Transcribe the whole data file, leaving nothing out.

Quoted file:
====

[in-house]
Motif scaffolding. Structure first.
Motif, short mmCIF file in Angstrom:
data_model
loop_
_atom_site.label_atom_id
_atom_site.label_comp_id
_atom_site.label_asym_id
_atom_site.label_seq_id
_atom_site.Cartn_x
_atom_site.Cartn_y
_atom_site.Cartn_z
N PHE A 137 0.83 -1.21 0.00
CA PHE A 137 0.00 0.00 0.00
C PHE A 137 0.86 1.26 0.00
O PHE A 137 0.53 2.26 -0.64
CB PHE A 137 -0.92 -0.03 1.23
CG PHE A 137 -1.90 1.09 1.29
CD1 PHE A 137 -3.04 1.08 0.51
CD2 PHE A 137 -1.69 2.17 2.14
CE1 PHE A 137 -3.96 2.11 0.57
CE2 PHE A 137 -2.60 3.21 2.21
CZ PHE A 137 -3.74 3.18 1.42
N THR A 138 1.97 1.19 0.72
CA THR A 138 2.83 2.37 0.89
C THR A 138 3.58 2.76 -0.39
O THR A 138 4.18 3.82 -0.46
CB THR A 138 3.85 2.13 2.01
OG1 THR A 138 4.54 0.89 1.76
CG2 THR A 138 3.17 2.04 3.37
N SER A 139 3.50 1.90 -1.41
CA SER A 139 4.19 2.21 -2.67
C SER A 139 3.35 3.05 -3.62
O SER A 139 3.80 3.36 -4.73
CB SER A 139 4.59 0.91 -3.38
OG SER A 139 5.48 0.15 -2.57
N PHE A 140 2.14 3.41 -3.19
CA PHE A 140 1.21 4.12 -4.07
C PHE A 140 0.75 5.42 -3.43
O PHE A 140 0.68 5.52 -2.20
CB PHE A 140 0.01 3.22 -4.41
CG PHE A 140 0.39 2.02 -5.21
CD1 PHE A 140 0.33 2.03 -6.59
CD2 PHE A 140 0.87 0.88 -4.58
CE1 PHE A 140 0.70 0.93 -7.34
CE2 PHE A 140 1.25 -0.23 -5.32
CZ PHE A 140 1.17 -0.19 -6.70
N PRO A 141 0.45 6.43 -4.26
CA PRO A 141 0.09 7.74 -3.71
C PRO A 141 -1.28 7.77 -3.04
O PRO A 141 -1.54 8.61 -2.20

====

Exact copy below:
[in-house]
Motif scaffolding. Structure first.
Motif, short mmCIF file in Angstrom:
data_model
loop_
_atom_site.label_atom_id
_atom_site.label_comp_id
_atom_site.label_asym_id
_atom_site.label_seq_id
_atom_site.Cartn_x
_atom_site.Cartn_y
_atom_site.Cartn_z
N PHE A 137 0.83 -1.21 0.00
CA PHE A 137 0.00 0.00 0.00
C PHE A 137 0.86 1.26 0.00
O PHE A 137 0.53 2.26 -0.64
CB PHE A 137 -0.92 -0.03 1.23
CG PHE A 137 -1.90 1.09 1.29
CD1 PHE A 137 -3.04 1.08 0.51
CD2 PHE A 137 -1.69 2.17 2.14
CE1 PHE A 137 -3.96 2.11 0.57
CE2 PHE A 137 -2.60 3.21 2.21
CZ PHE A 137 -3.74 3.18 1.42
N THR A 138 1.97 1.19 0.72
CA THR A 138 2.83 2.37 0.89
C THR A 138 3.58 2.76 -0.39
O THR A 138 4.18 3.82 -0.46
CB THR A 138 3.85 2.13 2.01
OG1 THR A 138 4.54 0.89 1.76
CG2 THR A 138 3.17 2.04 3.37
N SER A 139 3.50 1.90 -1.41
CA SER A 139 4.19 2.21 -2.67
C SER A 139 3.35 3.05 -3.62
O SER A 139 3.80 3.36 -4.73
CB SER A 139 4.59 0.91 -3.38
OG SER A 139 5.48 0.15 -2.57
N PHE A 140 2.14 3.41 -3.19
CA PHE A 140 1.21 4.12 -4.07
C PHE A 140 0.75 5.42 -3.43
O PHE A 140 0.68 5.52 -2.20
CB PHE A 140 0.01 3.22 -4.41
CG PHE A 140 0.39 2.02 -5.21
CD1 PHE A 140 0.33 2.03 -6.59
CD2 PHE A 140 0.87 0.88 -4.58
CE1 PHE A 140 0.70 0.93 -7.34
CE2 PHE A 140 1.25 -0.23 -5.32
CZ PHE A 140 1.17 -0.19 -6.70
N PRO A 141 0.45 6.43 -4.26
CA PRO A 141 0.09 7.74 -3.71
C PRO A 141 -1.28 7.77 -3.04
O PRO A 141 -1.54 8.61 -2.20